Nick Jennings

Vice-Provost for Research, Imperial College London
Former UK government’s Chief Scientific Advisor for National Security

Authority on artificial intelligence and cybersecurity.

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Professor Nick Jennings is an internationally recognised authority on the science and engineering of artificial intelligence (AI), intelligent, autonomous systems and robotics, and their impact on society. Not just a theorist, Jennings has developed real-world systems in a number of areas and is a successful entrepreneur. He is also an expert on cybersecurity and spent six years as the Chief Scientific Advisor for National Security to the UK government. Nick Jennings is Vice-Provost (Research) at Imperial College London and is a Companion of The Order of the Bath (CB), a Crown Honor for his services to computer science and national security science.

The promise of AI. The special promise of artificial intelligence lies in systems that can respond to new information, learn, and then improvise to improve their performance, without human intervention. Nick Jennings envisions a future in which humans and machines band together in human-agent collectives (HACs) to save lives, protect the environment, improve manufacturing, or win gold medals in sailing—to improve virtually any area of human endeavor.

Practical experience. Jennings has developed multi-agent systems for electricity transportation in Spain, environmental sensor network monitoring in the Briksdalsbreen glacier in Norway and in the River Solent in Southampton; controlling Daimler-Chrysler’s engine manufacturing production lines; managing supply chains and providing in-theatre situational awareness with BAE Systems; assessing and predicting race conditions for the 2012 British Olympic sailing team; disaster assessment and response planning with Rescue Global; analysing and predicting home energy use for those in fuel poverty with the Centre for Sustainable Energy and scheduling the repair of aircraft engines with Rolls-Royce. His tech start-ups include, which provides negotiating algorithms for e-commerce marketplaces, and Aerogility, which optimises aircraft fleet scheduling and maintenance. He also has led successful teams of staff and students in international AI competitions.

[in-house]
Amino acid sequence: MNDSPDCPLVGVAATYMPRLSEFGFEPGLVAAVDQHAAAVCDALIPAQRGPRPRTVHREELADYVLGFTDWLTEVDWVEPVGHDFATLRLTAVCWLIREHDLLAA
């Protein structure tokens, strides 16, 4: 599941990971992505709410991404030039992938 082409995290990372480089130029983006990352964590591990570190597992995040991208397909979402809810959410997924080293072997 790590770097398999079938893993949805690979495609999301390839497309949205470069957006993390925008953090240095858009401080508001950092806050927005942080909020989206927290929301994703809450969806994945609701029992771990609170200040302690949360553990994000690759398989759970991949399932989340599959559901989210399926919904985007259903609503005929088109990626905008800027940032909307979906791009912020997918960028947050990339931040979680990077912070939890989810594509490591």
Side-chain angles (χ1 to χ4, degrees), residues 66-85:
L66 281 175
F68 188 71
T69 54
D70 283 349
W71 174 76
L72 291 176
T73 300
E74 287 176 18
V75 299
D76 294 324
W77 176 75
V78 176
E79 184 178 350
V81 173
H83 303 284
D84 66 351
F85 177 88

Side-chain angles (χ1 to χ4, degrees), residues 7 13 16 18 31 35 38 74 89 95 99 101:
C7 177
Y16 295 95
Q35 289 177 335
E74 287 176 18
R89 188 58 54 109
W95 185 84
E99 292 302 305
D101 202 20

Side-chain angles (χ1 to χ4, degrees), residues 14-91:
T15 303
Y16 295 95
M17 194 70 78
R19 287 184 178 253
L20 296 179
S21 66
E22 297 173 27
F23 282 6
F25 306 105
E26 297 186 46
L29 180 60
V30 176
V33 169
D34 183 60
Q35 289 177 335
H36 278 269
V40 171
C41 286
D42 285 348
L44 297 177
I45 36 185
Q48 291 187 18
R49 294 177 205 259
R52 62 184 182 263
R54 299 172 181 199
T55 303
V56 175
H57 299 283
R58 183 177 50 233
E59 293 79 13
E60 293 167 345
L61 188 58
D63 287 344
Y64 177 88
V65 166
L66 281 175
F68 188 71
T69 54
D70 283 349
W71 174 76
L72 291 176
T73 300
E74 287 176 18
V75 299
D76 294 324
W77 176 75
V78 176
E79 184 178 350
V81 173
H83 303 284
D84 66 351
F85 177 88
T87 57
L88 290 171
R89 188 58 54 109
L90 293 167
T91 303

• Vice-Provost for Research, Imperial College London
  • Former UK government’s Chief Scientific Advisor for National Security
  • Companion of the Order of the Bath (CB)
  • Former Regius Professor of Computer Science, University of Southampton (a post bestowed by the monarch)
  • Recipient, ACM Autonomous Agents Research Award and Computers and Thought Award Fellow, Royal Academy of Engineering and the Association for the Advancement of AI


Nick tailors each presentation to the needs of his audience and is not limited to the topics we have listed below. These are subjects that have proven valuable to customers in the past and are meant only to suggest his range and interests. Please ask us about any subject that interests you; we are sure that we can accommodate you.

Human-Artificial Intelligence Partnerships

As computation increasingly pervades the world around us, it is profoundly changing the ways in which we work with computers. Forging an effective partnership is central to this. However, until now, humans have been the masters and technology the slave. This needs to change. Today’s AI systems can act on high-level human commands and achieve complex goals in a flexible manner. But, while such systems are good at solving narrowly defined tasks, they don’t know how to collaborate with humans or how to operate as part of a problem-solving team. This talk will explore how humans and AI systems (aka software agents) can work together. In such human-agent collectives (HACs) the humans and the agents complement each other’s strengths and weaknesses, leading to a rise in the humans, as well as in the agents. Drawing on multi-disciplinary work in the areas of artificial intelligence, machine learning, crowd sourcing and ubiquitous computing, this talk explores the science needed to understand, build and apply HACs. It also discusses their broader societal impact when the AI directs the humans and when it replaces the humans.


Unlocking the potential of human problem-solving in data-rich environments | World Economic Forum

The Interview | Times Higher Education

Putting the Smarts in the Smart Grid | University of Edinburgh